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Increasing protein, dairy intake may help cut diabetes burden: Study

A new study has linked food preferences of individuals to prevalence of diabetes in various states of India

 
By Aditi Jain
Last Updated: Tuesday 16 July 2019
A new study has linked food preferences of individuals to prevalence of diabetes in various states of Indiahoto: Getty Images

Diabetes — increase in blood glucose levels — is an emerging health problem especially in developing countries. India had 69 million diabetic individuals in 2015 and the number is projected to go up to 98 million by 2030, according to the World Health Organisation. The problem is more serious for Asians as their genetic makeup puts them at a greater risk of diabetes at a younger age than their European counterparts. 

If left untreated, diabetes can give rise to serious health conditions like blindness, kidney failure, heart problems etc. Apart from genetic factors, the occurrence of diabetes is related to food preferences and lifestyles. Therefore, understanding the link between consumption of various foods and prevalence of diabetes in different states can help in devising effective strategies to address the problem.

A new study has linked food preferences of individuals to prevalence of diabetes in various states of India. The study has found that eating calorie-rich food like sugar and honey increases the risk of diabetes while addition of protein-rich food and dairy products in a meal can help reduce the risk of diabetes. 

The study is based on data from the National Family Health Survey-4 (2015–2016), 2011 census, data on per capita crop production, and consumption figures of different food groups from the 68th round of the National Sample Survey. It evaluated trends of food availability and preferences in various states with diabetes numbers. 

It was found that diabetes was more common in states such as West Bengal and Kerala where people consume more non-vegetarian food than the one where diet is predominantly vegetarian. This is because a vegetarian diet helps in diabetes management by making body sensitive to insulin hormone.

Researchers also noted that there were more diabetics in states where people consumed more sugar and honey though this trend was not valid in case of Maharashtra, Rajasthan and Haryana. The study also found that eating protein-rich food such as pulses and nuts decreased chances of diabetes. Similarly, states where people ate more dairy products had low prevalence of diabetes.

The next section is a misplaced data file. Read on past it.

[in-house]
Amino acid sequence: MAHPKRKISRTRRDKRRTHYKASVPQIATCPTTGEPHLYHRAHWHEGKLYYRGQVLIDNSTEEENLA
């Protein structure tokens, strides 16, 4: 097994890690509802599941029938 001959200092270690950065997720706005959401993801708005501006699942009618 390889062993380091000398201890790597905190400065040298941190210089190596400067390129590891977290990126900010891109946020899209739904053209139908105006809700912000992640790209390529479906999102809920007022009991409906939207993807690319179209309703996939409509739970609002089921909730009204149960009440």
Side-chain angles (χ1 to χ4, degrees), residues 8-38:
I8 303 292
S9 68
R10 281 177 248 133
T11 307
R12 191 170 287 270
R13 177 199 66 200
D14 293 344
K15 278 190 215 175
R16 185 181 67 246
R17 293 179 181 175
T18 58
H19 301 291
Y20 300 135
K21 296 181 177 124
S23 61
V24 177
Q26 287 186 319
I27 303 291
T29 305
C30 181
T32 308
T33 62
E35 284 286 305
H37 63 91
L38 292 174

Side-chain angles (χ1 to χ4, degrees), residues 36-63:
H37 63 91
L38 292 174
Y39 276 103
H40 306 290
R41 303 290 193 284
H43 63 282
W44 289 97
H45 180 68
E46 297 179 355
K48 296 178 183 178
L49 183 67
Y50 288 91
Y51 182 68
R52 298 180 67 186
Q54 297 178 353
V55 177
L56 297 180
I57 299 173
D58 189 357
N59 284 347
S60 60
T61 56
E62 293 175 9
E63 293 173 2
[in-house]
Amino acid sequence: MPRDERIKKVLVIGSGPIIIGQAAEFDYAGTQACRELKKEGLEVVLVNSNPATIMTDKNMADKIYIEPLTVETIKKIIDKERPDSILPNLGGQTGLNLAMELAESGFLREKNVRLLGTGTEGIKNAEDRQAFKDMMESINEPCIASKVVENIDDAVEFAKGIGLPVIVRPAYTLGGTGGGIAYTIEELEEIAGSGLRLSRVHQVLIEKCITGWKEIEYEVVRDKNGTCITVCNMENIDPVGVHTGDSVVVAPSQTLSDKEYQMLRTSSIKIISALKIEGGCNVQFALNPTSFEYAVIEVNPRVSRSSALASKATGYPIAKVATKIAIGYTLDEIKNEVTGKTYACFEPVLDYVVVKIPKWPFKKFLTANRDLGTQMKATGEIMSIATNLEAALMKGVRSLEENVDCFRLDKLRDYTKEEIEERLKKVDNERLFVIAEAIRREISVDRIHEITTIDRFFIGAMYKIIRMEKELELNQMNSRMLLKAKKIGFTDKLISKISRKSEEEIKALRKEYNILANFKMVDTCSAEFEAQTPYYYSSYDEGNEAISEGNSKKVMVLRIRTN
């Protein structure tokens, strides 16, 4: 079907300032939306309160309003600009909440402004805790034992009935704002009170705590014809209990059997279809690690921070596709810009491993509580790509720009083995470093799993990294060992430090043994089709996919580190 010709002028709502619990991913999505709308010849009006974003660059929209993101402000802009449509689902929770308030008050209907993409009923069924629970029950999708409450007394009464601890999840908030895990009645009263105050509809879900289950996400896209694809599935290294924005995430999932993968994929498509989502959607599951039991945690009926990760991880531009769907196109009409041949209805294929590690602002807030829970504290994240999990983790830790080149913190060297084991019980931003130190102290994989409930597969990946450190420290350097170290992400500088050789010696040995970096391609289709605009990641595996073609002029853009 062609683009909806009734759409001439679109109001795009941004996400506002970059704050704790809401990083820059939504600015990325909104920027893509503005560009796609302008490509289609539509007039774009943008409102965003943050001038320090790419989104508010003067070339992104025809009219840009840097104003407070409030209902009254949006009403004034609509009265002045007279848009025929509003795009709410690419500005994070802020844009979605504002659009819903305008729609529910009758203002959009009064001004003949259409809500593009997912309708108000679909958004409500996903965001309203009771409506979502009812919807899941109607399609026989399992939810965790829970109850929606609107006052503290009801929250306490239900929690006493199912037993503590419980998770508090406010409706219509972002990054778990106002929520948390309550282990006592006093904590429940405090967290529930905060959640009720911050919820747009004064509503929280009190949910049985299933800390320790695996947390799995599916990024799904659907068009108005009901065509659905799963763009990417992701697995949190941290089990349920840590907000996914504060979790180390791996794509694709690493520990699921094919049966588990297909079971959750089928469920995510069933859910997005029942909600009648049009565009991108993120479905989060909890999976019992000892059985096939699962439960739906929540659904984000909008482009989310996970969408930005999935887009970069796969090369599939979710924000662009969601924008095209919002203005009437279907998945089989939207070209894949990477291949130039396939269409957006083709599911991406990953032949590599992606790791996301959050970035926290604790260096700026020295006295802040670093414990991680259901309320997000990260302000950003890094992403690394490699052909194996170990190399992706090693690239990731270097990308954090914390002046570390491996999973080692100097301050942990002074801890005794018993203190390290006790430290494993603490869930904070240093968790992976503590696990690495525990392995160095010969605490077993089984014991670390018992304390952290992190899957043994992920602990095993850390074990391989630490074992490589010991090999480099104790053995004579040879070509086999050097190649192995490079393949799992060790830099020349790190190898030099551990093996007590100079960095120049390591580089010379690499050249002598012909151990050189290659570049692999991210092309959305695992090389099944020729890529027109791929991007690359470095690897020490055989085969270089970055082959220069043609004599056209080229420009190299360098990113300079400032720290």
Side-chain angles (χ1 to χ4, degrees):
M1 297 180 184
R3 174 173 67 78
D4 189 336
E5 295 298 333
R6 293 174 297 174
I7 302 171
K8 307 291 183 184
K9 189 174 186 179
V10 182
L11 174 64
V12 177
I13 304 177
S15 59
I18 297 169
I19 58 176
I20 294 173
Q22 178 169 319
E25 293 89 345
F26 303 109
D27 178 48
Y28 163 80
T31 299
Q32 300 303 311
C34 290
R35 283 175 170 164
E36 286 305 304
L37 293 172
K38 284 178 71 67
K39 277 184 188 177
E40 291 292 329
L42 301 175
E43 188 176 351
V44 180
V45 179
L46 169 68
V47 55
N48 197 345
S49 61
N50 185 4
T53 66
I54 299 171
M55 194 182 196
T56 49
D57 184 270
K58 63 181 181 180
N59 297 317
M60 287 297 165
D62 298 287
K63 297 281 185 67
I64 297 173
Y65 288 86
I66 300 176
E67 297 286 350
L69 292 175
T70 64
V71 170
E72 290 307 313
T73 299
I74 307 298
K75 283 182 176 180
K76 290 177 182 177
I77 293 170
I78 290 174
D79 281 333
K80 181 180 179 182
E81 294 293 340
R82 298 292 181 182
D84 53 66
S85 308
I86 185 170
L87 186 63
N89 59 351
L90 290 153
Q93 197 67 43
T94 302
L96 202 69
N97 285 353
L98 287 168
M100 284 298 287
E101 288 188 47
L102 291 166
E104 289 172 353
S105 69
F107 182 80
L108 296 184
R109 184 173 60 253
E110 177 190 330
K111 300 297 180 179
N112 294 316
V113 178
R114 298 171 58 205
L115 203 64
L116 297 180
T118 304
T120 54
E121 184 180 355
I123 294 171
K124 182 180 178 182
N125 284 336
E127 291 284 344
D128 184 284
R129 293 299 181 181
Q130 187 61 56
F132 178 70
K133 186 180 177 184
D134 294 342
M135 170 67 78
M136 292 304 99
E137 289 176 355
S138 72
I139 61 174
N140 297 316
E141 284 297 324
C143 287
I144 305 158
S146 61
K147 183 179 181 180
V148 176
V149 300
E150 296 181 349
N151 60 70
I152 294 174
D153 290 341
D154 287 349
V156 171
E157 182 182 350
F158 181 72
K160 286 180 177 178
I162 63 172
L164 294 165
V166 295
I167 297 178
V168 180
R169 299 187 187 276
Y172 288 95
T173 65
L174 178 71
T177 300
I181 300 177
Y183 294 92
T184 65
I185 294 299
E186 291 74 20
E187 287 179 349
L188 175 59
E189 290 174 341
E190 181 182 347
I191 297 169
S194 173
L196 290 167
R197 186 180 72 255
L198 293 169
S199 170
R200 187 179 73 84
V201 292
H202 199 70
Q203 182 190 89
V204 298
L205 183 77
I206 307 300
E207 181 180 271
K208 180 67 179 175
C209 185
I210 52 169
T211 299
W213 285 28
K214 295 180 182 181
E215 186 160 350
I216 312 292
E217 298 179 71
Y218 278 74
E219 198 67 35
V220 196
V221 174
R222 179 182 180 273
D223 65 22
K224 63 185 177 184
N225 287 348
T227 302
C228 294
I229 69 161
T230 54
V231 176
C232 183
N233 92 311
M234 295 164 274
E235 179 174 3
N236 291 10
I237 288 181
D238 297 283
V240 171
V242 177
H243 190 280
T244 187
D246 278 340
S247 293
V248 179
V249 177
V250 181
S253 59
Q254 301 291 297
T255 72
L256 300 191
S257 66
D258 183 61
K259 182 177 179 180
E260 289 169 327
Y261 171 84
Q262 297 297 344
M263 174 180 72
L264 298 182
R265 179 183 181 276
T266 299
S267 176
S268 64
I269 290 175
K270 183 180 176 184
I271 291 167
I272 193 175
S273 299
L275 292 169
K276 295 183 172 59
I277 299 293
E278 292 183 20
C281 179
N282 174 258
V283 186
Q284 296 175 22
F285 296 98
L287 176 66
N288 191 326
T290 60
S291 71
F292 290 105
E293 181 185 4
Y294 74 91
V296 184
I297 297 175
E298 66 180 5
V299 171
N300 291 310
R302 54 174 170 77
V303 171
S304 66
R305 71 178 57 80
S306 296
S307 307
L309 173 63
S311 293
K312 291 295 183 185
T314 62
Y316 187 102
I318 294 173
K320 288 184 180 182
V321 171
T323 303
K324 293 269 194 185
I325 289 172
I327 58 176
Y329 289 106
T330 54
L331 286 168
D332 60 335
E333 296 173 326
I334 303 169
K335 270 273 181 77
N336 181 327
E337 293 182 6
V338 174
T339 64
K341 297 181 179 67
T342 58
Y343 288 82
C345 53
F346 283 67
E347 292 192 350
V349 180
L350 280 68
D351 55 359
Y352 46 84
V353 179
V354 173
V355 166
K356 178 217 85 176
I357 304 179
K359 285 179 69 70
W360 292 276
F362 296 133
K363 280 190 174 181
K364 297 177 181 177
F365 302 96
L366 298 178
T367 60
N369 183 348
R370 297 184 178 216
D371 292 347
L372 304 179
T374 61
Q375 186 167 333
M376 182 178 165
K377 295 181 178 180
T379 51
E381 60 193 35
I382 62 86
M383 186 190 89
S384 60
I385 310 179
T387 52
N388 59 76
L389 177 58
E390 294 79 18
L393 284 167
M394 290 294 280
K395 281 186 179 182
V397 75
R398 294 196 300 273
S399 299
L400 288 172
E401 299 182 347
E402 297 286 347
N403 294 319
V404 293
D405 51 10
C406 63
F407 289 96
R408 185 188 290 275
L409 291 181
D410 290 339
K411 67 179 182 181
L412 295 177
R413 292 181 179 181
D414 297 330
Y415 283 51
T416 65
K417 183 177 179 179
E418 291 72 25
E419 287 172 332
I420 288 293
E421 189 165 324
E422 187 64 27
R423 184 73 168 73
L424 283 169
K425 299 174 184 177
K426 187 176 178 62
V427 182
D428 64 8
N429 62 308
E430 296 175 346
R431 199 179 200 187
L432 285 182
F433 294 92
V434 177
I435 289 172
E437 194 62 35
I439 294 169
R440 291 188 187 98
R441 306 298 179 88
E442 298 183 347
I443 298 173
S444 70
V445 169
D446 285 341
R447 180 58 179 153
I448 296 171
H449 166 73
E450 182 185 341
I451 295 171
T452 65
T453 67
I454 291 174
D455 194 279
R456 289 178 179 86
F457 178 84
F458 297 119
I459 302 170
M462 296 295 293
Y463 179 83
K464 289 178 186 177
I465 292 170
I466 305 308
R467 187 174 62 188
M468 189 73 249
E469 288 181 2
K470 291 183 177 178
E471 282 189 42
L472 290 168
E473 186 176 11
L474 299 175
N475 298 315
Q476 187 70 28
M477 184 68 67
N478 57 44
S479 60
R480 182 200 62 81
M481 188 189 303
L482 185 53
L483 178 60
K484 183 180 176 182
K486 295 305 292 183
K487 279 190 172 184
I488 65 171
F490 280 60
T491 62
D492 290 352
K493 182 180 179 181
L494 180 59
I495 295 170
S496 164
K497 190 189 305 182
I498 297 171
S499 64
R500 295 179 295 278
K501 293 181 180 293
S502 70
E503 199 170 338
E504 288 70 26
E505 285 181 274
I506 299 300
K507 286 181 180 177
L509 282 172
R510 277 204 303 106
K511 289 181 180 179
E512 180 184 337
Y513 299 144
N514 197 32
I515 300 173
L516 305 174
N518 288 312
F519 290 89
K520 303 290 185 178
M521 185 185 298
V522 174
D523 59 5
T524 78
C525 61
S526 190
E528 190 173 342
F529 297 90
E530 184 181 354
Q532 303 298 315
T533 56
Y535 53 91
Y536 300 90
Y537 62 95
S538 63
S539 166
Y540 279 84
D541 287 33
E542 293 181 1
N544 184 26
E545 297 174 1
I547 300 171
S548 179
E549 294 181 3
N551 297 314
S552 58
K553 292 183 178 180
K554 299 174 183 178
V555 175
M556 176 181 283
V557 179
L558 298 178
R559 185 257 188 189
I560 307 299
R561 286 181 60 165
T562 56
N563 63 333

Diabetes, often dubbed a lifestyle disorder, was also found to be high in urban districts than rural areas. This is so because people in cities tend to be less physically active. This makes urbanisation an important factor for growing number of diabetics in country. Also, diabetes was found to be more common in males than females as has been shown in earlier studies as well. 

 

Map showing the prevalence of diabetes among adults (aged 15–49 years). 

“Our study has identified hotspot districts having high prevalence of diabetes and recommended them to be targeted in public health programmes,” said Preeti Dhillon, author of the study and assistant professor at International Institute for Population Sciences (IIPS) based in Mumbai

The analysis showed that 6.9 per cent of adults in India aged 15-49 years have diabetes. Among the states and Union territories, diabetes is highly prevalent in Andaman and Nicobar Islands, and the least in Rajasthan. The prevalence of disease was found to be more in districts which are close to coastal areas. 

“The high prevalence of diabetes in Andamans and Lakshwadeep is of interest as this has not been reported earlier and it would be worthwhile exploring whether any genetic or environmental factors contribute to this,” said V Mohan, director, Madras Diabetes Research Foundation. He was not associated with the study.

Anoop Misra, vice-president, Diabetes Foundation (India), commented that while this study provided new information about dietary context and prevalence of diabetes, it must be understood that diabetes is a multifactorial disease. Genetics, physical activity, alcohol consumption and other lifestyle factors should be taken in consideration before establishing conclusive links.

Food intake is a continuously changing and dynamic process, and cannot be completely captured in a cross sectional snapshot. He agreed, however, that high protein intake is needed for Indians as it boost glucose metabolism in muscles reducing incidences of diabetes. 

The research team at IIPS included Koustav Ghosh and Gopal Agrawal apart from Dhillon. The results of this study have published in Journal of Public Health. (India Science Wire)

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